It’s no secret that Amazon, Alibaba and other major suppliers are turning more and more to mastering their own logistics movements.
This is especially noticeable with Amazon who has inked a deal with Atlas Air whereby the U.S. freight carrier will operate the aircraft and in turn, Amazon is allowed to acquire up to 20 percent of Atlas Air Worldwide Holdings (AAWW) common shares.
Is this a wise move for the air freight industry?
Will present air cargo operators see this move as a short- or medium term danger to their own cargo flows?
Possibly yes, as much of the internet ordered goods being increasingly supplied through e-commerce companies was until now being moved on traditional cargo routes.
Alibaba, with their massive presence and relatively safe control of the Chinese market, have successfully entered into deals with various Chinese carriers, the largest been SF Express, for exclusive carriage of their goods.
Again, it’s no secret that Alibaba wants to expand outside of China and has recently made a major takeover foothold in Singapore by taking a stake in SingPost in order to control the South-East Asian market (CargoForwarder Global report April 2016).
Will Amazon end up in control of Atlas Air?
Not in the short-term, but what plans do they really have to operate their own controlled freighter fleet?
Looking at the planned Atlas-Amazon deal - one can assume that it is a win-win situation for both.
At least, for the present time!
An interesting deal as Titan Aviation Leasing, an AAWW subsidiary will lease twenty passenger converted B767-300s to Amazon. These will be operated by Atlas Air for Amazon for a seven year period on a so called CMI contract which includes crew, maintenance and insurance. The deal includes a further three-year extension to the contract.
But what happens after ten years of successful operations?
It is very interesting to see that Atlas Air Worldwide Holdings has agreed to Amazon being able to acquire up to twenty percent of AAWW’s common stock over a five-year period at a price said to be around $37.50 per share.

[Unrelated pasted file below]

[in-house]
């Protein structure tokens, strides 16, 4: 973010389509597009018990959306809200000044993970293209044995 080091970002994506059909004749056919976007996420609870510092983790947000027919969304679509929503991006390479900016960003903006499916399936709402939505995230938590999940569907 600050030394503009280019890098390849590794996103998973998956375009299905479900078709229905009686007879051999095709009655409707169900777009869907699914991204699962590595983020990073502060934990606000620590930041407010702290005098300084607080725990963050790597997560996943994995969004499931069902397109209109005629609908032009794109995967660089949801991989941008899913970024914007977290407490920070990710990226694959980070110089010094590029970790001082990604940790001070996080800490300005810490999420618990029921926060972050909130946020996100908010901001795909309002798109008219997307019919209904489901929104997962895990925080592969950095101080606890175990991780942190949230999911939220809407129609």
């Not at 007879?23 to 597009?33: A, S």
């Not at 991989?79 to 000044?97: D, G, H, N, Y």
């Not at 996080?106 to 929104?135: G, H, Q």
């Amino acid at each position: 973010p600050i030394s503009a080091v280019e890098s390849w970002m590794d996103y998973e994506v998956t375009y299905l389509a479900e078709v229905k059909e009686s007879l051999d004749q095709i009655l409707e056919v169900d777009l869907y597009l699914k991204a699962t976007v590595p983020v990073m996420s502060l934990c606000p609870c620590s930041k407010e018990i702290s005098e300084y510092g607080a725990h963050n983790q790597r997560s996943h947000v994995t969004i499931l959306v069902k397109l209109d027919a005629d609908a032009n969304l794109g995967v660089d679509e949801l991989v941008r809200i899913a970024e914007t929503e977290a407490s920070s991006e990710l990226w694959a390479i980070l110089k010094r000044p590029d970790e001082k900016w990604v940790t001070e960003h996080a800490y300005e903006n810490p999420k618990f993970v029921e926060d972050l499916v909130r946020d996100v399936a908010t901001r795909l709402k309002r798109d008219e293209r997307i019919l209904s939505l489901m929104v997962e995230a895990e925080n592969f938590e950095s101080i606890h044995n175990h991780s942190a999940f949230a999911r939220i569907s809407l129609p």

A further 10 percent share acquisition is also agreed between both parties over a seven year period and at the same $37.50 per share. This 10 percent increase is however subject to Amazon and Atlas adding more than the present 20 aircraft into future operations.
So - assuming that all goes well within the coming decade, Atlas and Amazon will operate well over twenty dedicated freighters with Amazon having (at least) a thirty percent share in the large American all-freighter carrier.
What plans would Amazon have for other continents?
The Atlas deal is meant solely for U.S. domestic transport on behalf of Amazon.
Europe is also an important and large market for the e-commerce giant.
So, why not tie up there with a partner along the lines of the Amazon deal?
Who would be in their sights?
Cargolux, AirBridgeCargo or even Lufthansa Cargo? Who knows!
All speculation at the present time, but surely other cargo operators are getting worried about Amazon and Alibaba moves in this direction as it will ensure a dilution of their cargo revenues in the future if expansion plans of the pair move into other world markets.
Amazon puts pressure on European logistics
There is quite some unrest within the European logistics community at Amazon’s recent decision to offer itself as a third-party logistics provider on the continent.
This move is essentially aimed at offering retailers in Europe access to Amazon’s warehousing and controlling networks.
Who wins, who loses?
What Amazon terms as a Pan-European Fulfillment by Amazon (FBA) program, is being seen by other logistics enterprises as a direct ambition to position themselves further into logistics at the cost of other companies by offering retailers space in their facilities for storage and delivery by Amazon of their goods.
The ball is definitely rolling and there is no stopping the new direction being put into action by the giant e-commerce set-ups.
But, who will be the losers or the winners within the present transport supply chain in the next five to ten years? Time will tell.
John Mc Donagh